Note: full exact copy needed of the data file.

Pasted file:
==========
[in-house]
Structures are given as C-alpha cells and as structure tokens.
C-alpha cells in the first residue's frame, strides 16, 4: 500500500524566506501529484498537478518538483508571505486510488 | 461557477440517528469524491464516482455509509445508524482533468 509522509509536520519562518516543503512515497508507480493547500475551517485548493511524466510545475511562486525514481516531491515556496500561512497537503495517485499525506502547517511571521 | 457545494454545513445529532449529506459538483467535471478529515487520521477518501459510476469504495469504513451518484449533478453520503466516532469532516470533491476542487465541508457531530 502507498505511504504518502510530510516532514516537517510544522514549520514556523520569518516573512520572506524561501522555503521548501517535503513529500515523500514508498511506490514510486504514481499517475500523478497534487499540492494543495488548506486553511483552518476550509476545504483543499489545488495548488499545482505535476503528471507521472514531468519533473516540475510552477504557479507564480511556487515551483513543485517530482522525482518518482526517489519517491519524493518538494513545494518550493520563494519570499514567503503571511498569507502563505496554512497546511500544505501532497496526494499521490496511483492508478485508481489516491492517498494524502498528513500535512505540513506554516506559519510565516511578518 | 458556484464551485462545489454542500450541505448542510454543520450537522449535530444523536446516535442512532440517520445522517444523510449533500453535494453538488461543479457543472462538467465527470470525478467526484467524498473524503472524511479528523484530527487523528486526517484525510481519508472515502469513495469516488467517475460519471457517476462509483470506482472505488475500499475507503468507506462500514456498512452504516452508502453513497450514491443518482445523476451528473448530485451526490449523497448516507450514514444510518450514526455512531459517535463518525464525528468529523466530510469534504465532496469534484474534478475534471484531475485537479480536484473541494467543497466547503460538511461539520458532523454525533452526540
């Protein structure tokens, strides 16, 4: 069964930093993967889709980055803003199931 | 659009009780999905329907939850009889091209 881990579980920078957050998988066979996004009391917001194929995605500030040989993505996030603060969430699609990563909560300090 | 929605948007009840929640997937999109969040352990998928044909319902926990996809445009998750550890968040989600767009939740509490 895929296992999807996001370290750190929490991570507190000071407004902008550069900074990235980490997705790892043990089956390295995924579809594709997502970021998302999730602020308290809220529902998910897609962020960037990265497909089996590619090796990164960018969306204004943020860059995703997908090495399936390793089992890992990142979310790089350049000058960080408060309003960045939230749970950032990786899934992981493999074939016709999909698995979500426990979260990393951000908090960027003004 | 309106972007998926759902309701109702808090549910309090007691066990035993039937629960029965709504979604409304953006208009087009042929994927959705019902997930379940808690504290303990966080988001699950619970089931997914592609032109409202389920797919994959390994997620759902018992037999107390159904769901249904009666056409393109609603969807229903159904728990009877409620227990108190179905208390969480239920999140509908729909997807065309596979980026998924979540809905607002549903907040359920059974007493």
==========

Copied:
[in-house]
Structures are given as C-alpha cells and as structure tokens.
C-alpha cells in the first residue's frame, strides 16, 4: 500500500524566506501529484498537478518538483508571505486510488 | 461557477440517528469524491464516482455509509445508524482533468 509522509509536520519562518516543503512515497508507480493547500475551517485548493511524466510545475511562486525514481516531491515556496500561512497537503495517485499525506502547517511571521 | 457545494454545513445529532449529506459538483467535471478529515487520521477518501459510476469504495469504513451518484449533478453520503466516532469532516470533491476542487465541508457531530 502507498505511504504518502510530510516532514516537517510544522514549520514556523520569518516573512520572506524561501522555503521548501517535503513529500515523500514508498511506490514510486504514481499517475500523478497534487499540492494543495488548506486553511483552518476550509476545504483543499489545488495548488499545482505535476503528471507521472514531468519533473516540475510552477504557479507564480511556487515551483513543485517530482522525482518518482526517489519517491519524493518538494513545494518550493520563494519570499514567503503571511498569507502563505496554512497546511500544505501532497496526494499521490496511483492508478485508481489516491492517498494524502498528513500535512505540513506554516506559519510565516511578518 | 458556484464551485462545489454542500450541505448542510454543520450537522449535530444523536446516535442512532440517520445522517444523510449533500453535494453538488461543479457543472462538467465527470470525478467526484467524498473524503472524511479528523484530527487523528486526517484525510481519508472515502469513495469516488467517475460519471457517476462509483470506482472505488475500499475507503468507506462500514456498512452504516452508502453513497450514491443518482445523476451528473448530485451526490449523497448516507450514514444510518450514526455512531459517535463518525464525528468529523466530510469534504465532496469534484474534478475534471484531475485537479480536484473541494467543497466547503460538511461539520458532523454525533452526540
């Protein structure tokens, strides 16, 4: 069964930093993967889709980055803003199931 | 659009009780999905329907939850009889091209 881990579980920078957050998988066979996004009391917001194929995605500030040989993505996030603060969430699609990563909560300090 | 929605948007009840929640997937999109969040352990998928044909319902926990996809445009998750550890968040989600767009939740509490 895929296992999807996001370290750190929490991570507190000071407004902008550069900074990235980490997705790892043990089956390295995924579809594709997502970021998302999730602020308290809220529902998910897609962020960037990265497909089996590619090796990164960018969306204004943020860059995703997908090495399936390793089992890992990142979310790089350049000058960080408060309003960045939230749970950032990786899934992981493999074939016709999909698995979500426990979260990393951000908090960027003004 | 309106972007998926759902309701109702808090549910309090007691066990035993039937629960029965709504979604409304953006208009087009042929994927959705019902997930379940808690504290303990966080988001699950619970089931997914592609032109409202389920797919994959390994997620759902018992037999107390159904769901249904009666056409393109609603969807229903159904728990009877409620227990108190179905208390969480239920999140509908729909997807065309596979980026998924979540809905607002549903907040359920059974007493």